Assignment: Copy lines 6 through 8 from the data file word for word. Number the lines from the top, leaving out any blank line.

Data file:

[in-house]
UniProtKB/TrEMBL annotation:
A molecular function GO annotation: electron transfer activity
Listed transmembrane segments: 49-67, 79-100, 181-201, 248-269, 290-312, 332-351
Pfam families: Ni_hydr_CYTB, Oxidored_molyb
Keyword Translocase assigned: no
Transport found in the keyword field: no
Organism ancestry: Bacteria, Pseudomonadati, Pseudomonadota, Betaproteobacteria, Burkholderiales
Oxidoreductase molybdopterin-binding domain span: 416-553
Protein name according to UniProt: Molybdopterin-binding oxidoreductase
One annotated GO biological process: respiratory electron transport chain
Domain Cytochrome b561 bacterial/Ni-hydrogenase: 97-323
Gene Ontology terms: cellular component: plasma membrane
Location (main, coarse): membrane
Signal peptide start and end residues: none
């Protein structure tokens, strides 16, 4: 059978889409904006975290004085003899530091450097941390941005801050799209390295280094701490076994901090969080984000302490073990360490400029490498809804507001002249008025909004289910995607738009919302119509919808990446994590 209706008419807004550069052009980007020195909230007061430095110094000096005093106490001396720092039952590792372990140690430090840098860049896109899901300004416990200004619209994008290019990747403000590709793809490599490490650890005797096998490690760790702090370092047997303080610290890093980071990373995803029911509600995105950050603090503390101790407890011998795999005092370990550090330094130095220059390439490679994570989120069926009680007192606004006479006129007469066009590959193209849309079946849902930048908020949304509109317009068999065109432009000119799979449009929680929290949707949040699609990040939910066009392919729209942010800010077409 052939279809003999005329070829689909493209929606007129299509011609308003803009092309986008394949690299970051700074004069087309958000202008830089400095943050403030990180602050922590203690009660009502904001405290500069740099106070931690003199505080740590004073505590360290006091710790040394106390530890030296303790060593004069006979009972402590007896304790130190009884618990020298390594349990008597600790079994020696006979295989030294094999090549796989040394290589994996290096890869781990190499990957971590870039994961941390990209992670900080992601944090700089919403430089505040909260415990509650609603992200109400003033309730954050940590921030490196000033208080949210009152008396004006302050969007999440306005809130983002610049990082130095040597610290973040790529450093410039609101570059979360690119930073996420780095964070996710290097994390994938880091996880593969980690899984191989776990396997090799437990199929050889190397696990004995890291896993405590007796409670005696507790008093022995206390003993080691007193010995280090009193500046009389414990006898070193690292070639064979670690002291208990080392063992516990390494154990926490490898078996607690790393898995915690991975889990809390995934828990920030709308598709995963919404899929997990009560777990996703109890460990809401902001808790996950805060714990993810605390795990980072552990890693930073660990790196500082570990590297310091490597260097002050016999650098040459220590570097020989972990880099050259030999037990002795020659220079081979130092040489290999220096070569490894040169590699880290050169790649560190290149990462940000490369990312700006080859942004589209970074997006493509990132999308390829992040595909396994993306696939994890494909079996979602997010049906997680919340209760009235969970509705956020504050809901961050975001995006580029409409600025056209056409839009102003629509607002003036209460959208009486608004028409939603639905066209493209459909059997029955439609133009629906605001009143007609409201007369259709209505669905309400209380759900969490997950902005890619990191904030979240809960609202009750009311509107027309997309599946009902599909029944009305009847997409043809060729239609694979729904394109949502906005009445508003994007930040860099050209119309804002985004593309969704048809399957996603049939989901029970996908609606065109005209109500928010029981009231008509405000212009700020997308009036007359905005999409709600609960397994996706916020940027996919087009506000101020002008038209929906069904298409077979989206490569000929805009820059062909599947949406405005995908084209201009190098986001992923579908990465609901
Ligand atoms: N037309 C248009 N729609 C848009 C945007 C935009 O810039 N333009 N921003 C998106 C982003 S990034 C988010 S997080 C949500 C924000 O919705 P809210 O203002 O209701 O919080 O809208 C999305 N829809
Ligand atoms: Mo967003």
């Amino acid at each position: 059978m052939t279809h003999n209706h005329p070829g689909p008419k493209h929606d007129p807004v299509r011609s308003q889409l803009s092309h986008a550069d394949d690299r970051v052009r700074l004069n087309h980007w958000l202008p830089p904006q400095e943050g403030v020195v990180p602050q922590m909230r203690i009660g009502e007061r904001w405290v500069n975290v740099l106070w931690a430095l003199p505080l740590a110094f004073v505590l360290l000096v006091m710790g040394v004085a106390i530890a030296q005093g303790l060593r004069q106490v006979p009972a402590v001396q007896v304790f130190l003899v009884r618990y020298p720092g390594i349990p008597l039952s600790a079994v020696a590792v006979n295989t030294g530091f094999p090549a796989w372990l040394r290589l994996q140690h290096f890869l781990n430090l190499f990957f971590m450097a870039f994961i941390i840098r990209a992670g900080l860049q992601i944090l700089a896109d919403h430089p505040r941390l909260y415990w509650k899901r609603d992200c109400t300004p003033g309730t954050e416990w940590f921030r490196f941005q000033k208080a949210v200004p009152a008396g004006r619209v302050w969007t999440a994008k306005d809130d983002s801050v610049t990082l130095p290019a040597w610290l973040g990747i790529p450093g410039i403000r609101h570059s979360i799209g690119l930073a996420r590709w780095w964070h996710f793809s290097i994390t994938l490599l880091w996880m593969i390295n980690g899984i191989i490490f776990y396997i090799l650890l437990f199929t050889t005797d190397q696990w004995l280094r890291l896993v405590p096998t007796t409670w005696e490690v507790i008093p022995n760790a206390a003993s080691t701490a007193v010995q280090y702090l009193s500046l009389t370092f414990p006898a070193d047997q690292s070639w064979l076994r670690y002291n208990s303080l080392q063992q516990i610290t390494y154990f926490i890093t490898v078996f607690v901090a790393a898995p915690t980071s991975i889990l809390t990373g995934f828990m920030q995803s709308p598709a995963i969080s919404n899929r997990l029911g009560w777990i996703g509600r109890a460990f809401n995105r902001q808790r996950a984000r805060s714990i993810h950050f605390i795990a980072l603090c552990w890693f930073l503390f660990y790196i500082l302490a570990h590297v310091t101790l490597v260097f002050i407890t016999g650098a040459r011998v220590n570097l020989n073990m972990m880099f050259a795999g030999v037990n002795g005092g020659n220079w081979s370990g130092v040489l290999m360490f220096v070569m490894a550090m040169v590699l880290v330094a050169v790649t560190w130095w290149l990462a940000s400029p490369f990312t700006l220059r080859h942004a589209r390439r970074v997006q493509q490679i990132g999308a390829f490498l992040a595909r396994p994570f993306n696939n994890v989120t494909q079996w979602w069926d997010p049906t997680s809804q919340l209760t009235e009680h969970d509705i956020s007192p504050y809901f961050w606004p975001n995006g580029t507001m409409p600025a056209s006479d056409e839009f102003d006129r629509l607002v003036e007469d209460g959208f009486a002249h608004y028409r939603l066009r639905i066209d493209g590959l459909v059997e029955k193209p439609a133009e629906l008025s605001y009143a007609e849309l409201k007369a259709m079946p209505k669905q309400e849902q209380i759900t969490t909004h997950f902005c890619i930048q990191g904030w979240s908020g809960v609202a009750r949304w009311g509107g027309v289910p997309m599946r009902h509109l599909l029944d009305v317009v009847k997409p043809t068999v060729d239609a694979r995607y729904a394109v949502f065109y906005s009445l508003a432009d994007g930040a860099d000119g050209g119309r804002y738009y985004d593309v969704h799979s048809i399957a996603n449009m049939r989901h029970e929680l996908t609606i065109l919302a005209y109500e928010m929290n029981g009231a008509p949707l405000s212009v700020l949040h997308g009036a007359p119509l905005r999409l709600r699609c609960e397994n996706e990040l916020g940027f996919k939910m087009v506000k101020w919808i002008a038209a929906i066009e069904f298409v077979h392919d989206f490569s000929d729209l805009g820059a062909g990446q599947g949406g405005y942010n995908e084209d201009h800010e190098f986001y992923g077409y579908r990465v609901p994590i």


Keyword Translocase assigned: no
Transport found in the keyword field: no
Organism ancestry: Bacteria, Pseudomonadati, Pseudomonadota, Betaproteobacteria, Burkholderiales